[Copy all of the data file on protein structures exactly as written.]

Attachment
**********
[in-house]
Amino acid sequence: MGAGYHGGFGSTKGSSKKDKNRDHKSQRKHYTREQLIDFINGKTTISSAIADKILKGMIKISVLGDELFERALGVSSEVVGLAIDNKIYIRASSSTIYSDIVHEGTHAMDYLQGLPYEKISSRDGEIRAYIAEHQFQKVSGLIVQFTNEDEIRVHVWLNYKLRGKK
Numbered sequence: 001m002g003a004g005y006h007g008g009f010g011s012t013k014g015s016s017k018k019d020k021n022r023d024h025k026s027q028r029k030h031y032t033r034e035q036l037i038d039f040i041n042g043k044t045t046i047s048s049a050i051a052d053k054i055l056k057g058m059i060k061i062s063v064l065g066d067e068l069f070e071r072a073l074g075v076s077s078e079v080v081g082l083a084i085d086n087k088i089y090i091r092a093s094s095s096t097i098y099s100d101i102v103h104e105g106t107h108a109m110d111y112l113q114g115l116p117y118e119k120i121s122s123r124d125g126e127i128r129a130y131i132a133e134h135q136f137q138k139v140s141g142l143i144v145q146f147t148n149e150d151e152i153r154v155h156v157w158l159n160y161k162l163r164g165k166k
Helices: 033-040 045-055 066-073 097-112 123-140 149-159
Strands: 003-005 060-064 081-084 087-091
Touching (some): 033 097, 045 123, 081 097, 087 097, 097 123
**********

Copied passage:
[in-house]
Amino acid sequence: MGAGYHGGFGSTKGSSKKDKNRDHKSQRKHYTREQLIDFINGKTTISSAIADKILKGMIKISVLGDELFERALGVSSEVVGLAIDNKIYIRASSSTIYSDIVHEGTHAMDYLQGLPYEKISSRDGEIRAYIAEHQFQKVSGLIVQFTNEDEIRVHVWLNYKLRGKK
Numbered sequence: 001m002g003a004g005y006h007g008g009f010g011s012t013k014g015s016s017k018k019d020k021n022r023d024h025k026s027q028r029k030h031y032t033r034e035q036l037i038d039f040i041n042g043k044t045t046i047s048s049a050i051a052d053k054i055l056k057g058m059i060k061i062s063v064l065g066d067e068l069f070e071r072a073l074g075v076s077s078e079v080v081g082l083a084i085d086n087k088i089y090i091r092a093s094s095s096t097i098y099s100d101i102v103h104e105g106t107h108a109m110d111y112l113q114g115l116p117y118e119k120i121s122s123r124d125g126e127i128r129a130y131i132a133e134h135q136f137q138k139v140s141g142l143i144v145q146f147t148n149e150d151e152i153r154v155h156v157w158l159n160y161k162l163r164g165k166k
Helices: 033-040 045-055 066-073 097-112 123-140 149-159
Strands: 003-005 060-064 081-084 087-091
Touching (some): 033 097, 045 123, 081 097, 087 097, 097 123